Understanding Spatial Metaphors


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Session 2 - In this session we looked at spaces and the rules and boundaries which 'govern' spaces.

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Understanding Spatial Metaphors

  1. 1. Understanding Spatial Metaphors Lotman’s ‘notion of boundary ’
  2. 2. Say what you see…
  3. 3. Say what you see…
  4. 4. Say what you see…
  5. 5. Say what you see…
  6. 6. No, not Rennie McIntosh or Maori marking A BASKETBALL COURT No, not a kitchen unit. A TENNIS COURT No, not a cartoon face. A NETBALL PITCH Surely, straightforward by now. A FOOTBALL PITCH
  7. 7. What does it all mean… semiotically speaking? Space Rules Measurements People Dynamics An example of semiosphere?
  8. 8. What’s the role of history? What’s the role of memory?
  9. 9. Notion of Boundary <ul><li>A key feature of Lotman’s semiotic theory of culture and his concept of semiosphere as ‘meaning space’ is his ‘ notion of boundary ’. Integral to this concept are the supplementary concepts of ‘ core ’ (the dominant semiotic mechanism) and ‘ periphery ’ (the ‘innovative’ or ‘disruptive’ mechanism). </li></ul>
  10. 10. Nature of Lotman’s Boundary <ul><li>The boundary is not a fixed, solid, linear structure but a chaotic, fractal organism that ‘lies between’ the organised world of the internal semiotic (core) and the chaotic extra- or non-semiotic world (periphery) beyond. </li></ul><ul><li>As such the boundary, for Lotman, is both dynamic and permeable . </li></ul>
  11. 11. Semiotic Individuation <ul><li>One of the primary mechanisms of semiotic individuation is the boundary, and the boundary can be defined as the outer limit of the first-person form. </li></ul><ul><li>This space is ‘ours’, ‘my own’, it is ‘cultured’, ‘safe’, ‘harmoniously organized’, and so on. By contrast ‘their space’ is ‘other’, ‘hostile’, ‘dangerous’, ‘chaotic’. </li></ul>
  12. 12. Characteristics of Boundary <ul><li>Difference </li></ul><ul><li>Opposition </li></ul><ul><li>Division </li></ul><ul><li>Structure </li></ul><ul><li>Organisation </li></ul><ul><li>Self-description </li></ul><ul><li>Unity </li></ul><ul><li>Continuum </li></ul><ul><li>System </li></ul>The grand old Duke of York He had 10,000 men He marched them up to the top of the hill Then he marched them down again And when they were up, they were up And when they were down, they were down And when they were only halfway up They were neither up nor down
  13. 13. Characteristics of Core <ul><li>Self-regulating </li></ul><ul><li>Self-describing </li></ul><ul><li>Exclusionary </li></ul><ul><li>Framing </li></ul><ul><li>Constraining </li></ul><ul><li>Organising </li></ul><ul><li>Unifying </li></ul>
  14. 14. Characteristics of Periphery <ul><li>Somewhere else </li></ul><ul><li>Dangerous </li></ul><ul><li>Different </li></ul><ul><li>Changing </li></ul><ul><li>Fringe </li></ul><ul><li>Edge </li></ul><ul><li>Stimulating </li></ul><ul><li>Also reflects </li></ul><ul><ul><li>continuity/discontinuity </li></ul></ul>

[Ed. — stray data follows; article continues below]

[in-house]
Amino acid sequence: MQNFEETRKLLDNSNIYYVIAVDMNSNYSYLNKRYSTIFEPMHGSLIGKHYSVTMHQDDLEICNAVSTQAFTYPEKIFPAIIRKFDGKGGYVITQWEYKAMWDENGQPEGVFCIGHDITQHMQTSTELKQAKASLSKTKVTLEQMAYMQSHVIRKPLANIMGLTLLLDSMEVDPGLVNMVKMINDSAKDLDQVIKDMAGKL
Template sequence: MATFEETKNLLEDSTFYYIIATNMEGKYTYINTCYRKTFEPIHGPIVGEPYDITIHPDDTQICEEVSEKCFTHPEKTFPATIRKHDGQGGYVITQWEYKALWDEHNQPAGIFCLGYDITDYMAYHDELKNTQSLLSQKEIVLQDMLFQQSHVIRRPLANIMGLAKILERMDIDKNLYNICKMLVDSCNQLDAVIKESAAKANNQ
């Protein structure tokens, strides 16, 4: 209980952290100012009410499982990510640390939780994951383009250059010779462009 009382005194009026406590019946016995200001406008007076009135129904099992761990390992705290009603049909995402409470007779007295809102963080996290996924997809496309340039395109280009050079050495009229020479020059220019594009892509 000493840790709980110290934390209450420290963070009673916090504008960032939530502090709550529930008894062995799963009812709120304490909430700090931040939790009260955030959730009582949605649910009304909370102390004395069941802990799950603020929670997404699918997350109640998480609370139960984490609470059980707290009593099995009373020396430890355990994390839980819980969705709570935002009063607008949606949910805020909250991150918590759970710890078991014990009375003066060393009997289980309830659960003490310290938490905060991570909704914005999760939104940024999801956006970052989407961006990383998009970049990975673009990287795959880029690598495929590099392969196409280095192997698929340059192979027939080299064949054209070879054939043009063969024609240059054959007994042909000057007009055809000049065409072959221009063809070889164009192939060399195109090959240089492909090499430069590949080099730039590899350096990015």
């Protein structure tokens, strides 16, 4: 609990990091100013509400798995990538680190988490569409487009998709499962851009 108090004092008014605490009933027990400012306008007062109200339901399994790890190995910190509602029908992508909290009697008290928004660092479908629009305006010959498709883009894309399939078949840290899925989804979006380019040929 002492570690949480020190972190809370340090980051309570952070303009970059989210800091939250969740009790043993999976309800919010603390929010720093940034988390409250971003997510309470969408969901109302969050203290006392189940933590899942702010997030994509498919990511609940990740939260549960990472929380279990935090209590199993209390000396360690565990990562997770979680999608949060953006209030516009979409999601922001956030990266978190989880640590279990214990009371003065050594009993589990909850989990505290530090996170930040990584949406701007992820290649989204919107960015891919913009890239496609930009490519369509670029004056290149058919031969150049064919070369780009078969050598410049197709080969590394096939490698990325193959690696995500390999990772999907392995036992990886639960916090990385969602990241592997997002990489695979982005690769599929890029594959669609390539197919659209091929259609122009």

15. 15. Boundaries and Space
  16. 16. The Boundary <ul><li>The hottest spots for semioticizing processes are the boundaries of the semiosphere. </li></ul><ul><li>The notion of boundary is an ambivalent one: it both separates and unites. </li></ul><ul><li>It is always the boundary of something and so belongs to both frontier cultures, to both contiguous semiospheres. </li></ul><ul><li>It is bilingual and polylingual. </li></ul><ul><li>It is a mechanism for translation alien texts into texts of ‘our’ language. </li></ul><ul><li>It is the place where what is ‘external’ is transformed into what is ‘internal’. </li></ul><ul><li>It is a filtering membrane </li></ul>
  17. 17. Innovation <ul><li>Innovation comes about when the texts of one genre (culture) invade the space of another genre. </li></ul><ul><li>This happens when the principles (rules) of one genre are restructured according to the rules of another, and this ‘other’ genre organically enters the new structure (culture) and at the same time preserves the memory of its other (previous) system of encoding. </li></ul>
  18. 18. Boundary and Semiosphere <ul><li>The notion of boundary is a rough primary distinction. </li></ul><ul><li>The entire space of the semiosphere is transected by boundaries of different levels </li></ul><ul><li>The internal space of each of these sub-semiospheres has its own semiotic ‘I’ which is realized as the relationship of any language, group of texts, or separate text to a metastructural space which describes them, always bearing in mind that languages and texts are hierarchically disposed on different levels. </li></ul>
  19. 19. Semiotic Personality <ul><li>The notion of ‘personality’ is only identified with a physical individual in certain cultural and semiotic conditions. The subject of a given system is important in this respect. The ‘personality’ may be an individual or a group. The boundary of the personality is a semiotic boundary. </li></ul><ul><li>Disturbances and rebellion arise when two methods of encoding are in conflict: for instance when the socio-semiotic structure describes an individual as a part but that person feels him or herself to be an autonomous unit, a semiotic subject not an object. </li></ul>